With the goal of finding empirical direct relationships between the air-entry values (AEV) and characteristic particle diameters (i.e., d 10, d20, d30, d90,) determined from the particle-size distribution, we examined the AEV values for a variety of disturbed sands. It was found that the AEVs were, in general, strongly correlated to the characteristic diameters. The correlation was more distinct for uniform sands with uniformity coefficient of 2 or smaller. For those with larger uniformity coefficient values, the AEVs were highly correlated to smaller characteristic particle sizes d10 to d50 but less with larger characteristic particle sizes, d60 to d90. For all the sands examined in this study, the AEVs showed the least scatter when plotted against d30. The large particles do not necessarily control the AEVs because the pores between the large particles are often filled with smaller particles. The following best-fit power functions with respect to the frequently used characteristic particle diameters were found to have high r2 values; AEV = 8.2 d30-0.99and AEV =9.5 d50 -1.05(with AEV in cm and d in mm). The exponent close to -1 in both relationships confirms a strong "inverse" proportionality. The effective pore diameter, de′, estimated from the AEVs agreed closely with the mean pore diameters measured with mercury porosimetry and X-ray micro-tomography. All these findings suggest that the AEVs are strongly controlled by the particle sizes which determine the mean pore size, and that the capillary rise theory is applicable in terms of the effective pore diameter. Finally, easy-toimplement rule-of-thumb expressions, AEV [cm] = 8/d 30[mm] and AEV [cm] =10/d50[mm] were proposed with some limitations for a quick but reasonably accurate prediction of the AEV.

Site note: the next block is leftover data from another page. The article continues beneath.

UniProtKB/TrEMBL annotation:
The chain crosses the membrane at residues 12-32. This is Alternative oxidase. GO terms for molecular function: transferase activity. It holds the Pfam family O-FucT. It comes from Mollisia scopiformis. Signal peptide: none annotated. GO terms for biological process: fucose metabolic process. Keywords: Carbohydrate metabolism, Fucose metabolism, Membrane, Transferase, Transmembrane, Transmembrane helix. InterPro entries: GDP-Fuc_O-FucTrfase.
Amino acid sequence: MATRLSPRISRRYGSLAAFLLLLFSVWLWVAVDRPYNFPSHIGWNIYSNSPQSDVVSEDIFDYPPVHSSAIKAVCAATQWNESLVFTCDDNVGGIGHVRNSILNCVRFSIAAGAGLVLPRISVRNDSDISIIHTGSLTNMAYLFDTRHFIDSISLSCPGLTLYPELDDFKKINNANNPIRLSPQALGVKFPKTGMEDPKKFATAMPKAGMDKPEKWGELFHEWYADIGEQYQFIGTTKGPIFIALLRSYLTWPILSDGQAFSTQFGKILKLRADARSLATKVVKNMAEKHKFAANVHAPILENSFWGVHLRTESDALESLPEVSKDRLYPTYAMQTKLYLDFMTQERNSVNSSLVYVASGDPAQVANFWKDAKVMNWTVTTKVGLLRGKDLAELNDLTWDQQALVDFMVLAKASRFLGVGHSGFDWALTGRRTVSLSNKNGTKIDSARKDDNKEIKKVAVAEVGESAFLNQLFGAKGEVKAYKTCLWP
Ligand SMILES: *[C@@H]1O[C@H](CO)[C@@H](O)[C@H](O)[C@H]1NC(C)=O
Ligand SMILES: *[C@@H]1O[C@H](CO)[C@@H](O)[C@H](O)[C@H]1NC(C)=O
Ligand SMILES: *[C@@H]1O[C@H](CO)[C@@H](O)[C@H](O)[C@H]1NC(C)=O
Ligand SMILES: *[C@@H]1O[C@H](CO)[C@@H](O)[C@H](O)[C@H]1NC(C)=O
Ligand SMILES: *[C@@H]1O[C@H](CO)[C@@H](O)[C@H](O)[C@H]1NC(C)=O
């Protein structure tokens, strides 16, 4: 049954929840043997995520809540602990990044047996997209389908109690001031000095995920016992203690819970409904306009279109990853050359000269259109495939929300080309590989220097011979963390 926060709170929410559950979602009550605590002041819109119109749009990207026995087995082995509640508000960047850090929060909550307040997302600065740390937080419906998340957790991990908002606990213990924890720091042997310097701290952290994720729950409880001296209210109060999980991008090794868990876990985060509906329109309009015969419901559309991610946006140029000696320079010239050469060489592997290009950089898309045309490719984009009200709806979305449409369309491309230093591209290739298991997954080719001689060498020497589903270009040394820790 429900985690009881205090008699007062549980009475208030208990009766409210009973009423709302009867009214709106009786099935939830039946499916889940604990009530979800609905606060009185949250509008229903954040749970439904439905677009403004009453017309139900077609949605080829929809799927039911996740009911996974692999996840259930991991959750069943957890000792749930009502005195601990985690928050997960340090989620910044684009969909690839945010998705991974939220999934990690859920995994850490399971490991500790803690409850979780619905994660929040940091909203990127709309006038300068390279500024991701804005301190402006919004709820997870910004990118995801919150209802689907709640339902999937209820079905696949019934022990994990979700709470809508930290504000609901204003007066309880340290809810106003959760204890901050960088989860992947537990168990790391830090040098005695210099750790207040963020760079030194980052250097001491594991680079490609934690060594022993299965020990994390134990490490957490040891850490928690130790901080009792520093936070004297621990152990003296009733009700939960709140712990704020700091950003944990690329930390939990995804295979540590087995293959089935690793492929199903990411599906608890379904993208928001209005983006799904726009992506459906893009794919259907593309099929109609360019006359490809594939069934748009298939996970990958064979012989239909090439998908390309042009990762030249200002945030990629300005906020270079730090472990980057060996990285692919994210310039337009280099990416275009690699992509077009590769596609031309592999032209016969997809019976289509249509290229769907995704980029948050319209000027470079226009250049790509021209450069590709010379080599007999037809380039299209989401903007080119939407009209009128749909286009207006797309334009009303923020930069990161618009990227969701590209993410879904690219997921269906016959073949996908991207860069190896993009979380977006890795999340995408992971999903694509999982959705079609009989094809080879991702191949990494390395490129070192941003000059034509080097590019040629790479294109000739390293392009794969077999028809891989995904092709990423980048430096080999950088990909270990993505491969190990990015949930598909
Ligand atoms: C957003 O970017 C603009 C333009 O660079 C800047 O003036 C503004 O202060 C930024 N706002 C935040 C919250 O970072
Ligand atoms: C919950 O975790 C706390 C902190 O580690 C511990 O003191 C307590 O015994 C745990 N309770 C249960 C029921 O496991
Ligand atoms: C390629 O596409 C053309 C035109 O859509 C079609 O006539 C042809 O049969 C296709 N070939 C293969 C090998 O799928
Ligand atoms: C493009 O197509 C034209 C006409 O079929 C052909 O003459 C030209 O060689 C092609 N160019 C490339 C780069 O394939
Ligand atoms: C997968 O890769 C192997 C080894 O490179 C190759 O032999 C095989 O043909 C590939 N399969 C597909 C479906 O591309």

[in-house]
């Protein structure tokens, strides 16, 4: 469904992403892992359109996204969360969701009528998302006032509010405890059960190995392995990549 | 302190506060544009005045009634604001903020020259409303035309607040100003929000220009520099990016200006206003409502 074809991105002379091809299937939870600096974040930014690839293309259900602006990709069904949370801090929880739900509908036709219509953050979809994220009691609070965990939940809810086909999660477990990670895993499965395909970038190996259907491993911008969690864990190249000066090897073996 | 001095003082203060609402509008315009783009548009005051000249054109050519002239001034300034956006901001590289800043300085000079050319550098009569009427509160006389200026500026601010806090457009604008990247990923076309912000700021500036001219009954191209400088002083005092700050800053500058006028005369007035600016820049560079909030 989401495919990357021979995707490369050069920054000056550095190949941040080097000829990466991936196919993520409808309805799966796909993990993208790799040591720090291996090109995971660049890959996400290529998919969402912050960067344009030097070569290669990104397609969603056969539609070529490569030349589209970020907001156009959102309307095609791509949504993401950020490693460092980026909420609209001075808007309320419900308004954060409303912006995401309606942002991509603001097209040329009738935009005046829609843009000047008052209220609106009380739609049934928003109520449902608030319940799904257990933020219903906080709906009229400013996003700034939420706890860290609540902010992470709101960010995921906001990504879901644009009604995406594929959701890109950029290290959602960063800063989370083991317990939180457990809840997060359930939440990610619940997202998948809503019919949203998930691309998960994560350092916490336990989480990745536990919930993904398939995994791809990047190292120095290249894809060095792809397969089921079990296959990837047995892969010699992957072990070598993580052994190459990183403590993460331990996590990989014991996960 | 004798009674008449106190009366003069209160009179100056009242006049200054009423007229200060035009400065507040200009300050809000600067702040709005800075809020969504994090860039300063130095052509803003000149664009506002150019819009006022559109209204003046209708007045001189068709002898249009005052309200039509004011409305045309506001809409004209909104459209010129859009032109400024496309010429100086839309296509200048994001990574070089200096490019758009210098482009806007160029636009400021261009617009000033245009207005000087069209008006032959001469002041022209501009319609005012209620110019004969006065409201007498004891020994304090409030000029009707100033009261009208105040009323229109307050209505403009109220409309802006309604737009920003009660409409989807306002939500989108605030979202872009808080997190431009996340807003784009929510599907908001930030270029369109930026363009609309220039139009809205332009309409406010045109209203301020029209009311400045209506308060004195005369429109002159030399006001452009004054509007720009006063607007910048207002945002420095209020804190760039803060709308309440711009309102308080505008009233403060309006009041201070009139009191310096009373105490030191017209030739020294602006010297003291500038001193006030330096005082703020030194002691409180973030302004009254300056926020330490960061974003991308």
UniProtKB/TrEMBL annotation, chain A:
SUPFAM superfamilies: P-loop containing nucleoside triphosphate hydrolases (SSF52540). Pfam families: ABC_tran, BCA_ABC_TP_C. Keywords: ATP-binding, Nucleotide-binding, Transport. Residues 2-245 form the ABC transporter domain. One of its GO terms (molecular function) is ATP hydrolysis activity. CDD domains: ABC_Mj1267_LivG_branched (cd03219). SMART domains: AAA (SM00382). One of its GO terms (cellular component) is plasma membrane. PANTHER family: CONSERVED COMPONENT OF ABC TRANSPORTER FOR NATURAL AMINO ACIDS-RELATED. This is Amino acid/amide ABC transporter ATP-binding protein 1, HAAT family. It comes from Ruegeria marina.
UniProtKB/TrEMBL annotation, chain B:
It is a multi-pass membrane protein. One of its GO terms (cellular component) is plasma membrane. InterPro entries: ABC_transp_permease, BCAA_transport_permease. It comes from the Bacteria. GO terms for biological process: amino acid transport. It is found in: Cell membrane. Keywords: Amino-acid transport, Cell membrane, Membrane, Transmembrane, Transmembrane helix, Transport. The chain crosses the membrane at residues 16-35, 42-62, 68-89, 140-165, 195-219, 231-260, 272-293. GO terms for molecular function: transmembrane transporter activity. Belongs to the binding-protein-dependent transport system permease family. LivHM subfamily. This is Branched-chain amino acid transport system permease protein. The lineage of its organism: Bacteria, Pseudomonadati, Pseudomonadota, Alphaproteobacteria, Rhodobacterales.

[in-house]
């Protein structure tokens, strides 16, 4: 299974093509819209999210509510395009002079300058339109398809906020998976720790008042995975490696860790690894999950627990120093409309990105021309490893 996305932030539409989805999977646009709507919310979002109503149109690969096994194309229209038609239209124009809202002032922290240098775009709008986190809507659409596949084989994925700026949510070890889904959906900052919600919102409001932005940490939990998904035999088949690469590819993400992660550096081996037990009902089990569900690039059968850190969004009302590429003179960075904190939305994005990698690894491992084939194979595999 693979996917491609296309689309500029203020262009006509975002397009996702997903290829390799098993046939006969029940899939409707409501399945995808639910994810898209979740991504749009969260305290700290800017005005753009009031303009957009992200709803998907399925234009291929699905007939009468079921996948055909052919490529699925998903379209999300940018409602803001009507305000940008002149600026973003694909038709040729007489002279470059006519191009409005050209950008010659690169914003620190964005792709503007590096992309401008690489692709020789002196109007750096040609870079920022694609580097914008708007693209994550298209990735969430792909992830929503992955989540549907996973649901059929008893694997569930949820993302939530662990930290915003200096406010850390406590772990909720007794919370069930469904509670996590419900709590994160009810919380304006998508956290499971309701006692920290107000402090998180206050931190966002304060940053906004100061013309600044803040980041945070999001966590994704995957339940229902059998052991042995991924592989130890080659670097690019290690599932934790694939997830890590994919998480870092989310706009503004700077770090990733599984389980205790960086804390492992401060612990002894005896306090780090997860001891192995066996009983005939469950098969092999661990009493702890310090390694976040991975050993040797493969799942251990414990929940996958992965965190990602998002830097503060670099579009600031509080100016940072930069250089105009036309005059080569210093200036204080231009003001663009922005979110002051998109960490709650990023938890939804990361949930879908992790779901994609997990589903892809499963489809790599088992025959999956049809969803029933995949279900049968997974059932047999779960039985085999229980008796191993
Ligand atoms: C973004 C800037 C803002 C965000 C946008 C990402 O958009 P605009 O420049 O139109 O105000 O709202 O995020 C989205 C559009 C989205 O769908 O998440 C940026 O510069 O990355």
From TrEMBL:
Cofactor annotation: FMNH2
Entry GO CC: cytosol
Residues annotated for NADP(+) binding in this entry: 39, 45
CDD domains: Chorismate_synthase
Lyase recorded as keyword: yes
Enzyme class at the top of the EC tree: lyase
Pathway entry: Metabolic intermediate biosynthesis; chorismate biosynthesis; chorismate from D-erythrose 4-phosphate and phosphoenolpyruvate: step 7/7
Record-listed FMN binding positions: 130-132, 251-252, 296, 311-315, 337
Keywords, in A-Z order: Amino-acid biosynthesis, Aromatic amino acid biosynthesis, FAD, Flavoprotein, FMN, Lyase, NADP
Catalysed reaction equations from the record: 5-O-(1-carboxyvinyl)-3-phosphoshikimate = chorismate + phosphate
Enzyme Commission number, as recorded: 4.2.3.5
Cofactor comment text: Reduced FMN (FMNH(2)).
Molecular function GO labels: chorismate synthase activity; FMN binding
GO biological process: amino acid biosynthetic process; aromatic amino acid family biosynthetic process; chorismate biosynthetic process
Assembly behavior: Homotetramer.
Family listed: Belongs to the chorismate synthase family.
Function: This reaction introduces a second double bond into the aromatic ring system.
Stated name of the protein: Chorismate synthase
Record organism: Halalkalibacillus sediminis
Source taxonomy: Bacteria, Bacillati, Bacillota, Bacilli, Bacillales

ASJC Scopus subject areas
- Soil Science